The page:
The last couple of hours

When last I left you, we were having a rain delay in Cochin, Kerela. Turns out that was one of the best things to happen to the trip. It gave us time to stop and remember, we don’t have to see everything in India, but enjoy the fact that we’re not working, relax and enjoy India.

That we did. Later that day Fritz and I went to the water to see these giant Chinese fishing nets…I’ll post some stills and videos later… at the fishing nets we saw a row between the police and and some locals. Turns out that India has banned most non-permitted vendors and like Delhi, where they have banned all “street food” the vendors in the state of Kerala, mostly fish mongers, were losing their businesses.

We asked the police what they were doing. They insisted they were enforcing the law by having the venders destroy or move their carts. We asked the vendors what they were going to do to earn money. One responded, “I don’t know.” Then he offered to take our picture…for free.

While the mood was tense, with locals losing their livelyhood and the cops in riot gear holding their batons tightly, the event remained cordial. The vendors moved on.

Later that afternoon we met a German traveler named Jana. She was studying in the UK and doing some research for a paper. She had been in India for about 7 months, with about 6 weeks back in the UK and Germany. Speaking of Germans, we ran into three of our German friends from the previous day in Allepy. The trio, we found out work for Google and were in India for business and made a trip out of it.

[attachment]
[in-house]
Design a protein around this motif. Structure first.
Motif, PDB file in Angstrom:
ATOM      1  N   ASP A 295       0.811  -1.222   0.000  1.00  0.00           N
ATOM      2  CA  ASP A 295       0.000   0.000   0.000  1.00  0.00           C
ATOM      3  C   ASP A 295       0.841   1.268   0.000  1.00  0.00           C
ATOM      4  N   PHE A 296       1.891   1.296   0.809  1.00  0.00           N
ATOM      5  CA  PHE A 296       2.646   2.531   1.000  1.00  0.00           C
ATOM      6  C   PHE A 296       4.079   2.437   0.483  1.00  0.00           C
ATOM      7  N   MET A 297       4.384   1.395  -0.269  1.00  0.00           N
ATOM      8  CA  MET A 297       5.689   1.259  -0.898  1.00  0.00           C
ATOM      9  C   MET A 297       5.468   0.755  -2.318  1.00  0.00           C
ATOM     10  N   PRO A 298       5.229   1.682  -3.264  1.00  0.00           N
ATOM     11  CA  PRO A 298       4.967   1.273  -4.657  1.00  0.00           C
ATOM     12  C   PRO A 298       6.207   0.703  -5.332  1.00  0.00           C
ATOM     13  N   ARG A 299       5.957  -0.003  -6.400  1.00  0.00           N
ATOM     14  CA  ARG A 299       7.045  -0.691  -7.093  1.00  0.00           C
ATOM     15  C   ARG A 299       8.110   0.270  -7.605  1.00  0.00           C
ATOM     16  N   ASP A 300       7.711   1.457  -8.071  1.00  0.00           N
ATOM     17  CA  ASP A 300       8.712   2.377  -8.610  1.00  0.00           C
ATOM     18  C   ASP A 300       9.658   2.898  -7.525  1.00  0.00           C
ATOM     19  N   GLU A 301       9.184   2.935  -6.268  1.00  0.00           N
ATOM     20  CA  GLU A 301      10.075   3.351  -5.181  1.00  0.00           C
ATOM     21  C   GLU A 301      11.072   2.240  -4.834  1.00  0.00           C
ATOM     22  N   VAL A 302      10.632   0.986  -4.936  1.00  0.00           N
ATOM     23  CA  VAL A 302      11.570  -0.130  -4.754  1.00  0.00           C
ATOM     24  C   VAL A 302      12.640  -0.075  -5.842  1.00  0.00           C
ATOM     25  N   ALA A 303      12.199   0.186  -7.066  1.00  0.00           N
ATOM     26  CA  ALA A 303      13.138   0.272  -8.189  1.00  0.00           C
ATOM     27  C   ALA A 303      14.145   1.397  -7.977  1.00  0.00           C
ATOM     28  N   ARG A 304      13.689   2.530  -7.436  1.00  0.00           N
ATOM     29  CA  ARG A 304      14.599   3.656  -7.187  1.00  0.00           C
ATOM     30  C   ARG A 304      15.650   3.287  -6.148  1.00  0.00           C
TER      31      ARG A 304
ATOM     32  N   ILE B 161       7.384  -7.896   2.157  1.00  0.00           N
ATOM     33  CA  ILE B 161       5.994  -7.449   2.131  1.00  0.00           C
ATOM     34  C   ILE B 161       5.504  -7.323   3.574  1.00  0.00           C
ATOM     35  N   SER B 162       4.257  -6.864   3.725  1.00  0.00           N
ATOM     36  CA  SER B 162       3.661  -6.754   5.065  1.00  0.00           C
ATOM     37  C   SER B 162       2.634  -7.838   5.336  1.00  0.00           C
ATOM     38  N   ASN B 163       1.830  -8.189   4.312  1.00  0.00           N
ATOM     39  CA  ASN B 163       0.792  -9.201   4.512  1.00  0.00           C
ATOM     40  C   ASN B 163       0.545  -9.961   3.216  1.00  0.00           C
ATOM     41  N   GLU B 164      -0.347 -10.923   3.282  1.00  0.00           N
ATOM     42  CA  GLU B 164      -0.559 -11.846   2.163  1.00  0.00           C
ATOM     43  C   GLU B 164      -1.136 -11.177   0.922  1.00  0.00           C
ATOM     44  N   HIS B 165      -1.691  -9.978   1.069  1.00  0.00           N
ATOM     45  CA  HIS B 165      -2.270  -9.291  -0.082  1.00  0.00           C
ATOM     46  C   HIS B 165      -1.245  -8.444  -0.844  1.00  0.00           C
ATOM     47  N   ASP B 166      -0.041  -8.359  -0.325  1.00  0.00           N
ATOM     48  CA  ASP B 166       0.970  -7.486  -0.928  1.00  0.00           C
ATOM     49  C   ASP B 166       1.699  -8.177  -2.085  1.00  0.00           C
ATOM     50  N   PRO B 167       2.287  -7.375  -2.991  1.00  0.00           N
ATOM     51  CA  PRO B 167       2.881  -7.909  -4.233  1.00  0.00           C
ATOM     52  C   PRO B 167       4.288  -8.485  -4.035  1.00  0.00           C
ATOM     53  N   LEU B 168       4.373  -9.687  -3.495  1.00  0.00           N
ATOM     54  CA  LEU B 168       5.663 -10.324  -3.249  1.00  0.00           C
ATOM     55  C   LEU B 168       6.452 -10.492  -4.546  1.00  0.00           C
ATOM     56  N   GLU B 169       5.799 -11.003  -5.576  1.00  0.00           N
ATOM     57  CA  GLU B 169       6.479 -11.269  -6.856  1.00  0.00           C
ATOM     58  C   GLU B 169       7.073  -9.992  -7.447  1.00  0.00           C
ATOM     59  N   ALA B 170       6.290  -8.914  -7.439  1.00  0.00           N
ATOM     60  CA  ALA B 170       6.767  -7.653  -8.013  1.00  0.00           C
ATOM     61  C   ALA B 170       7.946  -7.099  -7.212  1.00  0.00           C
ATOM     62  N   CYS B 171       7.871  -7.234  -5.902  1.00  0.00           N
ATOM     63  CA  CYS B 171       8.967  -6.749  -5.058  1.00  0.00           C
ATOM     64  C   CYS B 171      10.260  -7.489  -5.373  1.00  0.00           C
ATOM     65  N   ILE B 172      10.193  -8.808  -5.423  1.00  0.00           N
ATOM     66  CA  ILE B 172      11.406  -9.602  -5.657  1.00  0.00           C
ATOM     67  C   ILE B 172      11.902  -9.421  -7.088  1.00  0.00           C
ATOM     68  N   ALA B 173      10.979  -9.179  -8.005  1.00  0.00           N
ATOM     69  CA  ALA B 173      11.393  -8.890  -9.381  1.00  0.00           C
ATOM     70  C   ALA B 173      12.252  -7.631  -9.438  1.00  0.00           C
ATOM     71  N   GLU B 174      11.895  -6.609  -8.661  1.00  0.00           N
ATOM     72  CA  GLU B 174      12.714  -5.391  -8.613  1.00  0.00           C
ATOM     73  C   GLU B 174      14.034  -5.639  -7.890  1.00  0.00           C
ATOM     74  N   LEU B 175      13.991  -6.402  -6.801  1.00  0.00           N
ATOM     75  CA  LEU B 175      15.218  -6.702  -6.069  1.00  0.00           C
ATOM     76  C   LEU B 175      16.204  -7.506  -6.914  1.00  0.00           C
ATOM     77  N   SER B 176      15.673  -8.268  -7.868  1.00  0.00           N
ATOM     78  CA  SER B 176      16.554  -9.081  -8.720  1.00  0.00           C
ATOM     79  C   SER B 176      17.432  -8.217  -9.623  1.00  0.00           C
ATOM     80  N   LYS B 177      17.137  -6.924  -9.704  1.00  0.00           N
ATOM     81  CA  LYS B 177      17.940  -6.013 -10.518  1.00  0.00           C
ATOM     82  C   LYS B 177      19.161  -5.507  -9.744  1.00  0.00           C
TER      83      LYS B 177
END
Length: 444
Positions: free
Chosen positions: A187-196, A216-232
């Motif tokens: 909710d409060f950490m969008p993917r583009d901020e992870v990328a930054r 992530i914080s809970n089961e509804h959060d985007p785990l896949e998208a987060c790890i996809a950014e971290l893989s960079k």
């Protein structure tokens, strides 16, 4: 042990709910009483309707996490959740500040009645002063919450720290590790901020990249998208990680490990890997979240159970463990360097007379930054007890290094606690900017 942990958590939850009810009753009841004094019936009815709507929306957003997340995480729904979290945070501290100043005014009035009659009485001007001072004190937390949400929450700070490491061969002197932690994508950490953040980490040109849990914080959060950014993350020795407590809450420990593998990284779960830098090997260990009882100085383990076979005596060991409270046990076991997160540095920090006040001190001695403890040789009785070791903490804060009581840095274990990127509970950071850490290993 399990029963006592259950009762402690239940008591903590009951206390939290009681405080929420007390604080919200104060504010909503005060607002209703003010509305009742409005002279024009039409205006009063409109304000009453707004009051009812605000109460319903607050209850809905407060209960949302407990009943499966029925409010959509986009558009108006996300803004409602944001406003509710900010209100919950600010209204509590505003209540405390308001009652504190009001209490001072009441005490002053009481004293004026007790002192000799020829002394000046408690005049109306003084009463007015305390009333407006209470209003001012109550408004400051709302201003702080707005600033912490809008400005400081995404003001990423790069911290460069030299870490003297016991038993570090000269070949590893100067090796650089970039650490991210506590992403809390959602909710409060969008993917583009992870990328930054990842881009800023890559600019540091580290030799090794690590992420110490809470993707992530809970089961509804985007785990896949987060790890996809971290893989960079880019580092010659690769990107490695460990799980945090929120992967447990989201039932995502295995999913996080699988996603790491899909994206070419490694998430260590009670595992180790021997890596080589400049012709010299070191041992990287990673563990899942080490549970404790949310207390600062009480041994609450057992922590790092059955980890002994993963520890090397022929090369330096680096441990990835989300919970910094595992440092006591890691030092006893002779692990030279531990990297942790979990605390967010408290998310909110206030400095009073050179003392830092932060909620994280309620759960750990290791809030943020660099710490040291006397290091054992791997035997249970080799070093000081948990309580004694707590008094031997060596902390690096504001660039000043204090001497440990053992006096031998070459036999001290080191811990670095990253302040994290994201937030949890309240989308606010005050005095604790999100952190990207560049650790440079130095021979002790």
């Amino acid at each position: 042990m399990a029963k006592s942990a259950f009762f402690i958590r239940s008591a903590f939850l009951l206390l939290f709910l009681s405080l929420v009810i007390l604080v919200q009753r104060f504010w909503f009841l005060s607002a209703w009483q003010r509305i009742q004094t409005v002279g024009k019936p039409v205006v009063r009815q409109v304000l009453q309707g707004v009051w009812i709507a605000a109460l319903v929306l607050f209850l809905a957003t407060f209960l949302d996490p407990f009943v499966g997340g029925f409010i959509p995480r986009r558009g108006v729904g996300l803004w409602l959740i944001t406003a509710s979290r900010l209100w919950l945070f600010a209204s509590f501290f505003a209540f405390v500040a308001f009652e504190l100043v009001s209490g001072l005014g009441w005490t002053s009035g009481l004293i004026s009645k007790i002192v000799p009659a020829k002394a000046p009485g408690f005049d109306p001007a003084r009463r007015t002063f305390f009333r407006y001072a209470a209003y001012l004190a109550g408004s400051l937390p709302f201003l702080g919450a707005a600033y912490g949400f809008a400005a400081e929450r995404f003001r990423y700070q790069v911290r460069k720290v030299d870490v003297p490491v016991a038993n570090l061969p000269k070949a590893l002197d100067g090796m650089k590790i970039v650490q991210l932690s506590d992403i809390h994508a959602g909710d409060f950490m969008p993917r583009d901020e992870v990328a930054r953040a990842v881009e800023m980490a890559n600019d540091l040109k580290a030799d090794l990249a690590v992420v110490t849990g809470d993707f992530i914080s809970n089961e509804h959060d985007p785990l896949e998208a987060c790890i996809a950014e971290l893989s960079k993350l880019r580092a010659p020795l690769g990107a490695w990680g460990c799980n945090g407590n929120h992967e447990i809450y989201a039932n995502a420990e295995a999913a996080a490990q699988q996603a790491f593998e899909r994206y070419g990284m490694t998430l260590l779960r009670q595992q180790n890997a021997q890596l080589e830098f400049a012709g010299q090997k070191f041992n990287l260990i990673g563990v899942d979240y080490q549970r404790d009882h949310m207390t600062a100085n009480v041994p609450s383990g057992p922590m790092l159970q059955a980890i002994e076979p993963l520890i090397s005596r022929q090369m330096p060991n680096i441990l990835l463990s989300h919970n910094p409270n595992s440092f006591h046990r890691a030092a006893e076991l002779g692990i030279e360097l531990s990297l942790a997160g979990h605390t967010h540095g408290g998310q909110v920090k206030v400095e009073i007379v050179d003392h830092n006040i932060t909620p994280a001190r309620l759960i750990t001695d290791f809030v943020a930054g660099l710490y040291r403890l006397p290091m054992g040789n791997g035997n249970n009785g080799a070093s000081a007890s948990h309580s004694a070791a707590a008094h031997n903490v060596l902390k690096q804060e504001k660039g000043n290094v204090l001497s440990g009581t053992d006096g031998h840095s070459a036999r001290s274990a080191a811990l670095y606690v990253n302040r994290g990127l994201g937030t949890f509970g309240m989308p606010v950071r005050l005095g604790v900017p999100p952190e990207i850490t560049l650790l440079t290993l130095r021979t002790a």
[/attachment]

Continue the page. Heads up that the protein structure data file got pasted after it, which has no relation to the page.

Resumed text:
Fritz and I were about to leave that night, but because we made so many new friends, we ended up staying another day in Cochin.

The next day the six of us met up for breakfast, ran into some American travelers and headed back into town. Fort Cochin, the area of Cochin where we stayed, is a small town. Sooner or later, you’ve met everyone there is to meet and so you see them again and again. We soon made many friends.

After sitting around breakfast waiting for the rain to come and go again, we headed back to Jew Town for some shopping.

Then it was off to Mysore.

It takes a really lon time getting anywhere in India. India, outside of the major city centers, doesn’t have highways like we have in the US and Europe. The highways here are really two lane roads and many parts  are in really bad shape. Sometimes the highway just stops and drivers are confronted with a concrete block that has an big red arrow or a sign that says “diversion.” (That’s one reason that there are 90,000 traffic deaths a year here.) And yes, this causes some major traffic jams. It takes about 10 hours to go 150 miles… so it’s generous to say that traffic moves at 15 miles per hour.  But, transportation takes time. Delhi is building a whole new freeway system starting at the airport. They say it should be ready for the Asian Games in 2010…someone should fact check that for me.

By the way:
1. Did anyone know that Vasco de Gama was originally buried in Cochin?
2. Did anyone know there was a in 1536.


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